6.8

7 Resources

The resources listed on this page are not required for the course, or likely to be of much use in fulfilling course requirements, but they may be of interest to those wishing to learn more.

You should not be looking for the solutions to assignment questions online, but for more information on related topics beyond the scope of the course, I would recommend the Stanford Encyclopedia of Philosophy instead of Wikipedia. The SEP has articles written, reviewed, and edited by expert professionals.

Philip Wadler’s papers "Propositions as Types" and "Proofs are Programs" are very readable overviews of the ideas behind the Curry-Howard correspondence and their consequences (and his talks on the subject are very watchable, if you have the time).

The paper "The Road To Modern Logic - An Interpretation", by Jose Ferreiros (Bulletin of Symbolic Logic, 7:4, pp. 441-484, 2001) is a very detailed study of the historic development of first-order logic. It is available online through the UW Library.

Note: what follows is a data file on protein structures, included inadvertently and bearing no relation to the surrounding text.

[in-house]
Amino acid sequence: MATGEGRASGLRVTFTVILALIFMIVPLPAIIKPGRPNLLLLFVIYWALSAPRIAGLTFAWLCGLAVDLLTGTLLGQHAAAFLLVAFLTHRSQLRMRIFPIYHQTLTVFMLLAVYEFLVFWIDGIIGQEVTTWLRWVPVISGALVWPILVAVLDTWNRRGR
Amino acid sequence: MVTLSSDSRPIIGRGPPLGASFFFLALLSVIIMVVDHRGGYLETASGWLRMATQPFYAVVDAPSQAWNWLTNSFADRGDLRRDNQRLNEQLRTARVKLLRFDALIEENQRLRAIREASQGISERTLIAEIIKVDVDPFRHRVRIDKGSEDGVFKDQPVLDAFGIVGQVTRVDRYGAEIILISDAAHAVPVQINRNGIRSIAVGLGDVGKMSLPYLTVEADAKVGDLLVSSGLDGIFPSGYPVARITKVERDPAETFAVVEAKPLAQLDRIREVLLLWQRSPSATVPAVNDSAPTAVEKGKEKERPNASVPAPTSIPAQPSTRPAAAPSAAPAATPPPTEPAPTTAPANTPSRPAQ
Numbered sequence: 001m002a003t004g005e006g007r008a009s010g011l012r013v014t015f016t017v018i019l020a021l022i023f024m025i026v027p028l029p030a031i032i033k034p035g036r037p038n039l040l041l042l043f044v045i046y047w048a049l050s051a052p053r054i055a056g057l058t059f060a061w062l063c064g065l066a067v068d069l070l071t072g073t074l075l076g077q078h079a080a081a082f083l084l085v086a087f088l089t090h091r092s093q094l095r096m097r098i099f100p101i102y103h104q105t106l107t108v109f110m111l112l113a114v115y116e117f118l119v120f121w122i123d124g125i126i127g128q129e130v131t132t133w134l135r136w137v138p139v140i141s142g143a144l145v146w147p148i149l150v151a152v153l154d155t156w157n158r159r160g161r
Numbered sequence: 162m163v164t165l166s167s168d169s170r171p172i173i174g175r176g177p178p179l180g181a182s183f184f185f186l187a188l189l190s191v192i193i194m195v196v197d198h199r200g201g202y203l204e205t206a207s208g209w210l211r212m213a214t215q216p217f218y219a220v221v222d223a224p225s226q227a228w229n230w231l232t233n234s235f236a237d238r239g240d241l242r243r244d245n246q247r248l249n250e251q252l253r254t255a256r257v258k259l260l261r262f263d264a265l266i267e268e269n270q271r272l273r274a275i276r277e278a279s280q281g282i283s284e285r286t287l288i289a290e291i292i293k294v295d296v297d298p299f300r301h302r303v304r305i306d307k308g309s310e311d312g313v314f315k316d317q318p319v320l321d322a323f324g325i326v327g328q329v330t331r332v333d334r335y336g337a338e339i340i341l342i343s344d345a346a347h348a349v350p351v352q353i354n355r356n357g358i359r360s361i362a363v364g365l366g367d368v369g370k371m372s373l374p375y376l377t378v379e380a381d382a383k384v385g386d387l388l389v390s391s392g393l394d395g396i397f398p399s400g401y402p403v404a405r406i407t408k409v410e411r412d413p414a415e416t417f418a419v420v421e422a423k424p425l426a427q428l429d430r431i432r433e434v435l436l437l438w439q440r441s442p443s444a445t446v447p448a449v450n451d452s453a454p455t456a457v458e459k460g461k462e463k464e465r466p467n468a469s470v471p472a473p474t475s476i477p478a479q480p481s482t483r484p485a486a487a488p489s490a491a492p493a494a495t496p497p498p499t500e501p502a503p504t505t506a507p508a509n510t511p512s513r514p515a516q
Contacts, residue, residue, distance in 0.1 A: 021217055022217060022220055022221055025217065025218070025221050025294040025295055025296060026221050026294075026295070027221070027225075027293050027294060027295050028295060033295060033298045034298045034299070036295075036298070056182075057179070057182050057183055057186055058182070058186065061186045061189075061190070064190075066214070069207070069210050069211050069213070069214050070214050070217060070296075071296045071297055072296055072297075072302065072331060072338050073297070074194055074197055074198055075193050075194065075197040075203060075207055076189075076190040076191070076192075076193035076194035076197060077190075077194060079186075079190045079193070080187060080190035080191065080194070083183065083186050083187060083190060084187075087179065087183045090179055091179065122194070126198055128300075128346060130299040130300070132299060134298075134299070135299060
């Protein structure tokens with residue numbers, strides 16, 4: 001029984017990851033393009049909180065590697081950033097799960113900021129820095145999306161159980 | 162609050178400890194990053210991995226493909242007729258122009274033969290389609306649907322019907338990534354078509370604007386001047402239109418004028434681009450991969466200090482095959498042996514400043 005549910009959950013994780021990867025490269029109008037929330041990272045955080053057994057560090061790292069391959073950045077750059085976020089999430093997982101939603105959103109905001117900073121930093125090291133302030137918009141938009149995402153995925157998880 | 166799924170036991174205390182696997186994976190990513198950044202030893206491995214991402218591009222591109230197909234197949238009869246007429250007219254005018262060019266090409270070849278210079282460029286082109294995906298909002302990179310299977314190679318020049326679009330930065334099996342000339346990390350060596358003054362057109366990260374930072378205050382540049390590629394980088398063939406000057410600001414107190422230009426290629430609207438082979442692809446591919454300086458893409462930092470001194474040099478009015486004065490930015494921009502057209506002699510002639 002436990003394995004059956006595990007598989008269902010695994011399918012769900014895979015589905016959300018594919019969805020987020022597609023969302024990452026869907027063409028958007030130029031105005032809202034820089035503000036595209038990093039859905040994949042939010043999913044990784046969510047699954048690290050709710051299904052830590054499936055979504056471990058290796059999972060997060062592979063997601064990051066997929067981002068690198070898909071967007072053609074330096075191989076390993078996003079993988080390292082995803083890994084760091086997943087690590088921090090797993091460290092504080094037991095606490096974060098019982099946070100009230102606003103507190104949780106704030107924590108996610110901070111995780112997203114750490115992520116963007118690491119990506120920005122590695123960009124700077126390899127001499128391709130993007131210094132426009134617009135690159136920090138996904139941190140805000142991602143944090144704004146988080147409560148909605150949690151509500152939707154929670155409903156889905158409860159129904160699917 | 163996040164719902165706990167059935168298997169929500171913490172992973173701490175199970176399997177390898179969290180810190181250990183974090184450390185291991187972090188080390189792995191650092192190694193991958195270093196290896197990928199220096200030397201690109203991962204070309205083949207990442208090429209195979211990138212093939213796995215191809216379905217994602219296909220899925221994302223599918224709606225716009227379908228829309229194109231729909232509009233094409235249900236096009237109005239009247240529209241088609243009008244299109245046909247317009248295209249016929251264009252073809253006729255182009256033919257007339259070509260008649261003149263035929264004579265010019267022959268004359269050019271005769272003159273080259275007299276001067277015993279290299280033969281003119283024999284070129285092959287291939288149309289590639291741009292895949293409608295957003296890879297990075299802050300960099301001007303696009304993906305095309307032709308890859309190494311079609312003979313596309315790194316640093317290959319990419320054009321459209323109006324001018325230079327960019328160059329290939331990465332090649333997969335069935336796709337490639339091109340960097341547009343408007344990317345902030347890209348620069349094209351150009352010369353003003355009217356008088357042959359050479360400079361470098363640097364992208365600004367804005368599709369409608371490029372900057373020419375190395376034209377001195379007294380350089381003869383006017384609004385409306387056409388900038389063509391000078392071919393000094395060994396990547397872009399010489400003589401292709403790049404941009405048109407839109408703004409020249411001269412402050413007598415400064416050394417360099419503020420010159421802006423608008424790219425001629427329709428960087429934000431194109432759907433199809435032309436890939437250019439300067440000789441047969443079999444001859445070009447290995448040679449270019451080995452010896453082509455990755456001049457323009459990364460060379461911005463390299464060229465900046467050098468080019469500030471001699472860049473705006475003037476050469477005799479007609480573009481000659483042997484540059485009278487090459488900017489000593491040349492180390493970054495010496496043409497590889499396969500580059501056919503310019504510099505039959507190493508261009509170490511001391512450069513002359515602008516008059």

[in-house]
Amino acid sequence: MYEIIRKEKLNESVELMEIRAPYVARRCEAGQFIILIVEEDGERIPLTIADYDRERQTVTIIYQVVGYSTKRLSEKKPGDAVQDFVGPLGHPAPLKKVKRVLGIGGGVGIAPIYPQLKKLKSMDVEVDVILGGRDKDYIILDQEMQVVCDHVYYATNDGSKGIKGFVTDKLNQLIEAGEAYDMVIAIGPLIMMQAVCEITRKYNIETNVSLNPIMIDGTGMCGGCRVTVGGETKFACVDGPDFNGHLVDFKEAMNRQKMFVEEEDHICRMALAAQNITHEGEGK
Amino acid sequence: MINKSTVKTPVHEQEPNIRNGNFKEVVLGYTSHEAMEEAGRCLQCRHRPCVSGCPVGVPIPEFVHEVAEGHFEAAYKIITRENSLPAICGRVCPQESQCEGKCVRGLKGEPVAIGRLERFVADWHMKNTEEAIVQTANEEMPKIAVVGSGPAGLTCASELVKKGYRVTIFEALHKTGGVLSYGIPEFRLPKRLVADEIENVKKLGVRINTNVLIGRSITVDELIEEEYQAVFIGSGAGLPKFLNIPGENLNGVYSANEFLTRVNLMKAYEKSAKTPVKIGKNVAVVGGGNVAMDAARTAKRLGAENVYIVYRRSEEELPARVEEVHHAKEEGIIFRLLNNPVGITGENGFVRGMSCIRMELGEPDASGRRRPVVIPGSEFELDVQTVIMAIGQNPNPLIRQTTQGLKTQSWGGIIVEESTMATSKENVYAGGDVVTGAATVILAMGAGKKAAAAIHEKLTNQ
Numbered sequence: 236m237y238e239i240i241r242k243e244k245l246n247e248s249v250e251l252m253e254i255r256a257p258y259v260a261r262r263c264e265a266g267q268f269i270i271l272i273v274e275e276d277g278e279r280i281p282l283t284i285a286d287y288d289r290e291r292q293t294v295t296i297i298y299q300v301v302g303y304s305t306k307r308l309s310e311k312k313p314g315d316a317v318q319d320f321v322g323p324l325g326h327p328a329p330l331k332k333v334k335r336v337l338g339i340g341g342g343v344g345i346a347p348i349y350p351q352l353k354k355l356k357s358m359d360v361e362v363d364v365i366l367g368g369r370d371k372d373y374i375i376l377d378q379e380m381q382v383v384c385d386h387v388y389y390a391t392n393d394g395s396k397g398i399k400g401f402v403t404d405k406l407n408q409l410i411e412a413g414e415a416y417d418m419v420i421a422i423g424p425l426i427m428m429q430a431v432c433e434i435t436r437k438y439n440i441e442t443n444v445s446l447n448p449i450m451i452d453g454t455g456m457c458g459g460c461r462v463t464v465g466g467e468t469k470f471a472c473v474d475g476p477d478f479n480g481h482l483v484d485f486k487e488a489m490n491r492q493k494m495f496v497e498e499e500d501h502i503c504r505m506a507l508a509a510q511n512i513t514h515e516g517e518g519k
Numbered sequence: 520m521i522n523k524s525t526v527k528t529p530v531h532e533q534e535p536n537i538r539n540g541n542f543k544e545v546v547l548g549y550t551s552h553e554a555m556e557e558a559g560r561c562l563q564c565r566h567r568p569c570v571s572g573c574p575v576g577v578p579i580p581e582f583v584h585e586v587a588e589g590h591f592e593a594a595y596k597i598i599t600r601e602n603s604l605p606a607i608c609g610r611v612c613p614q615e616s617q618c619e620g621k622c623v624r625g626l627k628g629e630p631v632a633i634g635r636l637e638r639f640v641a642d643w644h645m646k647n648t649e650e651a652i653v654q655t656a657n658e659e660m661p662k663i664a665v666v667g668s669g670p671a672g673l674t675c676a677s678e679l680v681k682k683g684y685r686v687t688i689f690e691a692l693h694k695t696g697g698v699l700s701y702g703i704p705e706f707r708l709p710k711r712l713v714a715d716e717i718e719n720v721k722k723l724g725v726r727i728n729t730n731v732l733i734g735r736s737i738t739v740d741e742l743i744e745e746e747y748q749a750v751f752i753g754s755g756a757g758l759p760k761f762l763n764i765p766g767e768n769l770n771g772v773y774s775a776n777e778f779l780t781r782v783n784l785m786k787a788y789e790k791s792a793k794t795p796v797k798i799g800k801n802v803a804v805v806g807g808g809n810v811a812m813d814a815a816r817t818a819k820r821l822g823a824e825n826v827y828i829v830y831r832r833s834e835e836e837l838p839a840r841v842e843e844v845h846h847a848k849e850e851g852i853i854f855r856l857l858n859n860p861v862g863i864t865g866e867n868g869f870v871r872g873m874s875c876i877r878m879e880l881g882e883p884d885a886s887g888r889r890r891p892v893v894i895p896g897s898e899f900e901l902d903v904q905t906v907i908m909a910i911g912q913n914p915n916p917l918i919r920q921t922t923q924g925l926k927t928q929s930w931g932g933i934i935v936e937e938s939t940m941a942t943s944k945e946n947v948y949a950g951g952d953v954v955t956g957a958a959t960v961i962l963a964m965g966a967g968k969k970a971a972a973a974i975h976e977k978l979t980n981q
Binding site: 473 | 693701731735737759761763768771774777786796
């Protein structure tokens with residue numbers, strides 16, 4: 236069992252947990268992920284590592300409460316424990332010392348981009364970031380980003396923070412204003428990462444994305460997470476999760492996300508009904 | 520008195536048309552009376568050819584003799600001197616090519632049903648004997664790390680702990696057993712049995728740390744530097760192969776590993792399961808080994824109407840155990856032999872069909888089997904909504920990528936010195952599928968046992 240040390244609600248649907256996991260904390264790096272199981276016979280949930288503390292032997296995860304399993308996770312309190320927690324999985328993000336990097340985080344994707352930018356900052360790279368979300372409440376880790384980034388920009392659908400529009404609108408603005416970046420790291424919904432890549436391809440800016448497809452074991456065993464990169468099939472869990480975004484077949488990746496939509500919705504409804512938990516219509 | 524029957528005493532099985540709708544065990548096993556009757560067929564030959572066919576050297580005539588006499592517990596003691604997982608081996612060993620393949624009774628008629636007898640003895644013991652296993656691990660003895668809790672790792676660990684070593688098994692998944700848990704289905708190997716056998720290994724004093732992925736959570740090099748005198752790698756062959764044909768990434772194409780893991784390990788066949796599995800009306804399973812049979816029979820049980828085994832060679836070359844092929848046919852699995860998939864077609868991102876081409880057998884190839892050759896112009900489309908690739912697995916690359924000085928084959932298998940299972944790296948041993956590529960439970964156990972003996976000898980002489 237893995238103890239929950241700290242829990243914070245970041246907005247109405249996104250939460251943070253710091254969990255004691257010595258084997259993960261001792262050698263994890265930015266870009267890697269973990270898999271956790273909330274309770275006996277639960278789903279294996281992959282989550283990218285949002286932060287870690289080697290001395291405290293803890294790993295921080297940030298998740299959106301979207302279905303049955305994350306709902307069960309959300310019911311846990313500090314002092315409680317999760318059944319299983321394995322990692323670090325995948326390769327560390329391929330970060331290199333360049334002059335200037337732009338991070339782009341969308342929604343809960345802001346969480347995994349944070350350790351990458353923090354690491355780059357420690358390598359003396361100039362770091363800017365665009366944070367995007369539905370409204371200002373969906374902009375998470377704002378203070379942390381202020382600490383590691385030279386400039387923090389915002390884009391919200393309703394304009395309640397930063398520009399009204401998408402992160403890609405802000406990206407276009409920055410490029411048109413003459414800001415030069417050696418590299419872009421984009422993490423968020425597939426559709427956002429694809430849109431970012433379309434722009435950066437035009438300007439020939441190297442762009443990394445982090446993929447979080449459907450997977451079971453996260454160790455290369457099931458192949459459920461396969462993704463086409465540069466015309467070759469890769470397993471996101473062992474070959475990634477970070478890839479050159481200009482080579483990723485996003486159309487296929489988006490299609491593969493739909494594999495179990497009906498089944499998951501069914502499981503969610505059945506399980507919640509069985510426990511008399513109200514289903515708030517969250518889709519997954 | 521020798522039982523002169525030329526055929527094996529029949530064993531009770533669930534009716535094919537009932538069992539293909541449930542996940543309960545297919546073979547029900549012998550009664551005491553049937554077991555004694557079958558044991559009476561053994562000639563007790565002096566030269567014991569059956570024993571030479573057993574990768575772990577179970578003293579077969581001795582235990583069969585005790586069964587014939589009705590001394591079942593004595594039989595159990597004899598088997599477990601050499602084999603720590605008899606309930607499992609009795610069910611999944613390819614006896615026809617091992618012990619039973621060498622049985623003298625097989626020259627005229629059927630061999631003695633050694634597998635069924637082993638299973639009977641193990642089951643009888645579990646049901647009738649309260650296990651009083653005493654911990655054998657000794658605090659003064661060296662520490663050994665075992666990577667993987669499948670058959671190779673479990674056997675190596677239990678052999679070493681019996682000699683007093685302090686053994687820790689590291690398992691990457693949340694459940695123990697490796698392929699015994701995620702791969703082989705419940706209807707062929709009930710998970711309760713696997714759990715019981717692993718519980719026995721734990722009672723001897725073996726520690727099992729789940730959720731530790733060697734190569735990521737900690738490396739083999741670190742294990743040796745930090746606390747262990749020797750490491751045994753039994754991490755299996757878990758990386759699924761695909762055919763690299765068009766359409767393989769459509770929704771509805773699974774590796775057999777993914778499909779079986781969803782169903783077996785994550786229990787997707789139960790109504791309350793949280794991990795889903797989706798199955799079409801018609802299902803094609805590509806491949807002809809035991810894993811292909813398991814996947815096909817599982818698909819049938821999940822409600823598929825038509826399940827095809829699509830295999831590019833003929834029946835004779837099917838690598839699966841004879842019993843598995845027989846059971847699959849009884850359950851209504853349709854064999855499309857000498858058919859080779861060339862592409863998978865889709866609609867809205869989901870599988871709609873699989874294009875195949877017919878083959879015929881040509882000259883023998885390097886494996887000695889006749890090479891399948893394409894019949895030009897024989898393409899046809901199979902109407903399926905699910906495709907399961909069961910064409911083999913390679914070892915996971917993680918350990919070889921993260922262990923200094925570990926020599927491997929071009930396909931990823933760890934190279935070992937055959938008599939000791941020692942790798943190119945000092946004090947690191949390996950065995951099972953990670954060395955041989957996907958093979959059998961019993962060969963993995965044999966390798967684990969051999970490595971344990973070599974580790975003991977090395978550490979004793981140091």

The Coq and Agda Web pages are good starting points for learning more about these proof assistants. There are several good books using Coq, including the entirely online Software Foundations, which is the textbook I used for CS 798 in Fall 2016, and to which I have contributed.

Herman Geuvers offers a nice overview of these and many other systems in his 2009 paper "Proof assistants: history, ideas, and future".

Idris is a programming language with Haskell-like syntax and full support for dependent types. Its designer wants it to be used for programs that are actually run, not just compiled! There is a book in progress.

A recent development worth keeping an eye on is Lean, a state-of-the-art proof assistant created by Microsoft Research and CMU. The online tutorial is quite well written, and runs a version of the software compiled to Javascript in your browser, making it very easy to take a quick look (no manual installation required).

David Turner, the designer of Miranda (the first practical lazy functional programming language, and a major inspiration for Haskell) has a nice paper titled "Total Functional Programming" which points out many drawbacks of the common practice of allowing partial functions, even for systems that are not being used for proof.

I host Brad Lushman’s version of my CS 245 slides from 2007 for those who want a look at a more conventional approach to logic and computation.